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The interesting, amazing, or mindboggling images of our days.



xoxoxoBruce Saturday Sep 2 11:10 PM Sept 3rd, 2017: Old Math
Quote:
A 3,700yearold clay tablet has proven that the Babylonians developed trigonometry 1,500 years before the Greeks and were using a sophisticated method of mathematics which could change how we calculate today.

Nope, we don’t need a more sophisticated method to do trig, do you computer? Beep Boop Beep.
Quote:
The tablet, known as Plimpton 332, was discovered in the early 1900s in Southern Iraq by the American archaeologist and diplomat Edgar Banks, who was the inspiration for Indiana Jones.
The true meaning of the tablet has eluded experts until now but new research by the University of New South Wales, Australia, has shown it is the world’s oldest and most accurate trigonometric table, which was probably used by ancient architects to construct temples, palaces and canals.
However unlike today’s trigonometry, Babylonian mathematics used a base 60, or sexagesimal system, rather than the 10 which is used today. Because 60 is far easier to divide by three, experts studying the tablet, found that the calculations are far more accurate.

More accurate when working out problems manually.
Quote:
The tablet, which is thought to have come from the ancient Sumerian city of Larsa, has been dated to between 1822 and 1762 BC. It is now in the Rare Book and Manuscript Library at Columbia University in New York.
“Plimpton 322 predates Hipparchus by more than 1000 years,” says Dr Wildberger.
“It opens up new possibilities not just for modern mathematics research, but also for mathematics education. With Plimpton 322 we see a simpler, more accurate trigonometry that has clear advantages over our own.
“A treasuretrove of Babylonian tablets exists, but only a fraction of them have been studied yet. The mathematical world is only waking up to the fact that this ancient but very sophisticated mathematical culture has much to teach us.”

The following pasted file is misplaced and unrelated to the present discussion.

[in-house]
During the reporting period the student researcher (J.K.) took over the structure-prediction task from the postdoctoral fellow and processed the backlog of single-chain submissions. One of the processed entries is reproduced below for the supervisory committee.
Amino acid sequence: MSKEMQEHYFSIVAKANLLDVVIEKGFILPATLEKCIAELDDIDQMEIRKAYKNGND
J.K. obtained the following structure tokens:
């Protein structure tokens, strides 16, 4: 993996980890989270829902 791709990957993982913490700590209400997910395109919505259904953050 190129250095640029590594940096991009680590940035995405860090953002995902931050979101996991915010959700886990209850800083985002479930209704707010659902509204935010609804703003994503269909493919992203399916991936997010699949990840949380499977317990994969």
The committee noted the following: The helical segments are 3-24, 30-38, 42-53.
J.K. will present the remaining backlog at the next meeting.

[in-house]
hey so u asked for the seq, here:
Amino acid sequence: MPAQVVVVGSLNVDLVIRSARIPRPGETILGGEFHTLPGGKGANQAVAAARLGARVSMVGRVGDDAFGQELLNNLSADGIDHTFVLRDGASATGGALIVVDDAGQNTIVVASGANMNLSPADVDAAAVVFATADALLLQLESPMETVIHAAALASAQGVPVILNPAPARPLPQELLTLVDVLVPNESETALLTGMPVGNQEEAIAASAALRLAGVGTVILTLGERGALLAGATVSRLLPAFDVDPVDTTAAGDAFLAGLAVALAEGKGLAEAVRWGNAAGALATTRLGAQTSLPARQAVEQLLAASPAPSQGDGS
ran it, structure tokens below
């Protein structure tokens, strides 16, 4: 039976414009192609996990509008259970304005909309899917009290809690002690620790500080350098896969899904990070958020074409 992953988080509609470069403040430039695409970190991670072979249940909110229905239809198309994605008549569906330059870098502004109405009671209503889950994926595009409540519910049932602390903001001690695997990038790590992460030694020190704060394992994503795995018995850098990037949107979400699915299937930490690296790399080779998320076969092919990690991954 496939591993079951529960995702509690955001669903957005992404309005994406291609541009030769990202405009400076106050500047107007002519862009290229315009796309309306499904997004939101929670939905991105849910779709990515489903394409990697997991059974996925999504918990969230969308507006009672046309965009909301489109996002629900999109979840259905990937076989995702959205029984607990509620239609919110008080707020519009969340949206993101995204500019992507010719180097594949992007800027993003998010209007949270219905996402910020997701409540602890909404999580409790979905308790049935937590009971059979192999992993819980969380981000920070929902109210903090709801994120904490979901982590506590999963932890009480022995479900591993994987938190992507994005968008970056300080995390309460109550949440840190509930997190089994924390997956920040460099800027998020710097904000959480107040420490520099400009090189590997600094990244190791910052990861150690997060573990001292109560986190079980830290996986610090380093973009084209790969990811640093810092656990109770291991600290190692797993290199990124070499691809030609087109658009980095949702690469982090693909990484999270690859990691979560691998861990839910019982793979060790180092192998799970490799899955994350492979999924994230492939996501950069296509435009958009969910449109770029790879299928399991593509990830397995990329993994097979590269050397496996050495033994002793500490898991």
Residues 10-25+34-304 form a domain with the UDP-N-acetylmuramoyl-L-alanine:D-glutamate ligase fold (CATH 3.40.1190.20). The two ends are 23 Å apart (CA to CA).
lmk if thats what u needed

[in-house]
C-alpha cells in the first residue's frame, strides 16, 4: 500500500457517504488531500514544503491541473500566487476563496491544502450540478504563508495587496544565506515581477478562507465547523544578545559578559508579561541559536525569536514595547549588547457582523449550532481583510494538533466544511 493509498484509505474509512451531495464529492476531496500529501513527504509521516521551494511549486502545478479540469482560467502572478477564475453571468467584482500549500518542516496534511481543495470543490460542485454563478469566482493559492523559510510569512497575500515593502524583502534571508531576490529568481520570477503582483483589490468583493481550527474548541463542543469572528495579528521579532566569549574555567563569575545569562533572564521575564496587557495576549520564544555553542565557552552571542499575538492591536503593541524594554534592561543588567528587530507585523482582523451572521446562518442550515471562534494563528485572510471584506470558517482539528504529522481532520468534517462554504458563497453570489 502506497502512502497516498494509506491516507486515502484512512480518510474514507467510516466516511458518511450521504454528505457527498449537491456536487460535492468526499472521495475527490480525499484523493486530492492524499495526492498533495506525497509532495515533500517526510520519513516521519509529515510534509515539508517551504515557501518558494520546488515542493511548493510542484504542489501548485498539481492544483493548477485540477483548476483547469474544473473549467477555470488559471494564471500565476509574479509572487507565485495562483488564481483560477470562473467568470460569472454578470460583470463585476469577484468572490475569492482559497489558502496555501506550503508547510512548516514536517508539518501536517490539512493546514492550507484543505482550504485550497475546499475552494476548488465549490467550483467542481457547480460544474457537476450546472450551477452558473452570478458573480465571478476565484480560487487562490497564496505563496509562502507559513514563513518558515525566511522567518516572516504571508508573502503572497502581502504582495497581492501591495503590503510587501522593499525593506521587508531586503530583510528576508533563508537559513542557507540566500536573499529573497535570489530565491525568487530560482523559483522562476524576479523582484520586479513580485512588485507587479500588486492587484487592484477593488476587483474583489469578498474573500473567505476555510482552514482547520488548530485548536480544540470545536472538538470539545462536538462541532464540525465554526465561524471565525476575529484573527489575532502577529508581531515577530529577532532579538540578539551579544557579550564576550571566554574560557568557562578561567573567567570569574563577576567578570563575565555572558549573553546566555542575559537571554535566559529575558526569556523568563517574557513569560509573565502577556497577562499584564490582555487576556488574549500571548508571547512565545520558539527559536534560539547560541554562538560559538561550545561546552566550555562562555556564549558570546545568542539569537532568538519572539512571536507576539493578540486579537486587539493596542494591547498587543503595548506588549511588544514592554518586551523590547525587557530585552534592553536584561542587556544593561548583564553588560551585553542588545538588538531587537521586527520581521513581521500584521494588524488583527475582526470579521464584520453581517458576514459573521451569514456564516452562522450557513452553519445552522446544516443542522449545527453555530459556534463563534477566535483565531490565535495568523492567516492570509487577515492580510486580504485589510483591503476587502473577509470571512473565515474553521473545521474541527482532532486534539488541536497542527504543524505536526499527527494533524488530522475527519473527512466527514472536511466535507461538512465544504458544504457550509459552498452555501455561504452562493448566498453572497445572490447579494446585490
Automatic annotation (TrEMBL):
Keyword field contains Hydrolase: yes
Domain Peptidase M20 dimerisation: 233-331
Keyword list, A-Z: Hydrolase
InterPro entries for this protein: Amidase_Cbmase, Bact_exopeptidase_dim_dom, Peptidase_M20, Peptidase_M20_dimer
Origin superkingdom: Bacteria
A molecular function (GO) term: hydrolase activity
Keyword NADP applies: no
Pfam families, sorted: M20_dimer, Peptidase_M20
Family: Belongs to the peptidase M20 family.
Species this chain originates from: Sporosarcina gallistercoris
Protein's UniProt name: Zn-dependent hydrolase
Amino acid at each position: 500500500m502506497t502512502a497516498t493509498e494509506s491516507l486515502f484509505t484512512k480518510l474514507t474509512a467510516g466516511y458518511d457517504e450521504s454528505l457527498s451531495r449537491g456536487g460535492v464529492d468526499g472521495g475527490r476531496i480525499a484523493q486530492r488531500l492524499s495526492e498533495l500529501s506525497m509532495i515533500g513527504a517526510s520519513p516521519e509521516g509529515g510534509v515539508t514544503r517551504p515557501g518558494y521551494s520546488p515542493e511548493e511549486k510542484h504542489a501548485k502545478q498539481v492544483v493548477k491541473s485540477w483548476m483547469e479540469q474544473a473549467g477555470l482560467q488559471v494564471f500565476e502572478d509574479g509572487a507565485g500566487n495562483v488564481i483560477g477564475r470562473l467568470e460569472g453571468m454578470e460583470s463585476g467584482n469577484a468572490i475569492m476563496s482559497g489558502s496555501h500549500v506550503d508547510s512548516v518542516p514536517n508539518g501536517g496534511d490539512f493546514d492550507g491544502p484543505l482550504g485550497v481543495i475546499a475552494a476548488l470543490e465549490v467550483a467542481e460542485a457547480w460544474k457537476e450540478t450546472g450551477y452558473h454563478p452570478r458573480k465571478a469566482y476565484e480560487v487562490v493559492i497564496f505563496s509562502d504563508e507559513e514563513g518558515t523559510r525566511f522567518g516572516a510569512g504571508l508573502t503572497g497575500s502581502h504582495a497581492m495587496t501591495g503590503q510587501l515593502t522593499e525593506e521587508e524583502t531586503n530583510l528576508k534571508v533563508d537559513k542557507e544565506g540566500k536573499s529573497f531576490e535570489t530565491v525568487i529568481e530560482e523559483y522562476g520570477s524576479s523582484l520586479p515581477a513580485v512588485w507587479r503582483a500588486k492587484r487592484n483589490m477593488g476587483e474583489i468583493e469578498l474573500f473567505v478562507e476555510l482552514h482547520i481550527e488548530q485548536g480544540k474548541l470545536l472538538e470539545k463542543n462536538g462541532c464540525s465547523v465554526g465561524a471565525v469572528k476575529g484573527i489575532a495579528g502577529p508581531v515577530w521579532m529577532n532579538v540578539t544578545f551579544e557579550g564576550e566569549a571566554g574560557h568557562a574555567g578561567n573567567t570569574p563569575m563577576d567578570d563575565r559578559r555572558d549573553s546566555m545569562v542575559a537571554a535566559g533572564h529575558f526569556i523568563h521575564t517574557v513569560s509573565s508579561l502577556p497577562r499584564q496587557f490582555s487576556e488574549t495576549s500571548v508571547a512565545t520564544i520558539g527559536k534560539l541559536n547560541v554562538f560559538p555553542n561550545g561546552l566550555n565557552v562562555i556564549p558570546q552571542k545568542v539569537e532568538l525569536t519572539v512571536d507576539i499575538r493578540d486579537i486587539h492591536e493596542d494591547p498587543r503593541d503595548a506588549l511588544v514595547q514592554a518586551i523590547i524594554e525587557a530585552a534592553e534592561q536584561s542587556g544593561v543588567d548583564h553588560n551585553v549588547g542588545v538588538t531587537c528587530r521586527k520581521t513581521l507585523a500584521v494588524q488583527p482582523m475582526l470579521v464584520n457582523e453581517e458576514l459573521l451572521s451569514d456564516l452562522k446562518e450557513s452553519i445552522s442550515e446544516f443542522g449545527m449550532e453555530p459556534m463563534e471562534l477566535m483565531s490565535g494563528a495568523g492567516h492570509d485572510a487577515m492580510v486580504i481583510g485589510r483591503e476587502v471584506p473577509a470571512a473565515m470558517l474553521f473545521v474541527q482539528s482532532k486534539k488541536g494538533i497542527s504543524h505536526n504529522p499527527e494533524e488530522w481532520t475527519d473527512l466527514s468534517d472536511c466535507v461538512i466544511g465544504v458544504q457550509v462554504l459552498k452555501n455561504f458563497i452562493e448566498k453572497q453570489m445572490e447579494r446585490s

Dr Wildberger is a nerd, truly excited about finding new stuff about ancient civilizations, but overly optimistic
about this affecting our society in any way.
I don't remember Babylonians putting a man on the moon.
Scriveyn Sunday Sep 3 08:31 AM
Quote:
Originally Posted by xoxoxoBruce
I don't remember Babylonians putting a man on the moon.

Ye young men wouldn't, just let me see where I put the batteries for my Plimpton 332 tablet and I'll show ye.
Here's a more recent model:
xoxoxoBruce Sunday Sep 3 09:08 AMOnce you put the battery in does it care if it's base 60 or base 10?
Happy Monkey Sunday Sep 3 10:00 AMI was wondering how the simplicity of base 60 math would be complicated by having 60 individual digits.
But it turns out they used base 10 to enumerate their digits.
Scriveyn Sunday Sep 3 10:01 AMBinary, decimal, sexagesimal  tablets don't care.Humans might care if one or the other works faster.
https://en.wikipedia.org/wiki/Sexagesimal#Usage
Diaphone Jim Sunday Sep 3 12:49 PMTake two tablets and call me in the morning.
Flint Monday Sep 4 01:53 AM
Quote:
Originally Posted by Happy Monkey

Base ten is hardwired. But I'm fascinated by the 12 x 5 method of counting 'place' on one hand, and the 12 knuckles of the other four fingers with the thumb of the other hand, arriving at 60 units. I've heard that's the origin of some of the groups of 12 still commonly used.
monster Monday Sep 4 07:39 PM
Quote:
Originally Posted by Flint
Base ten is hardwired. But I'm fascinated by the 12 x 5 method of counting 'place' on one hand, and the 12 knuckles of the other four fingers with the thumb of the other hand, arriving at 60 units. I've heard that's the origin of some of the groups of 12 still commonly used.

dozen surprise me
Griff Monday Sep 4 09:26 PMwell played
Your reply here?
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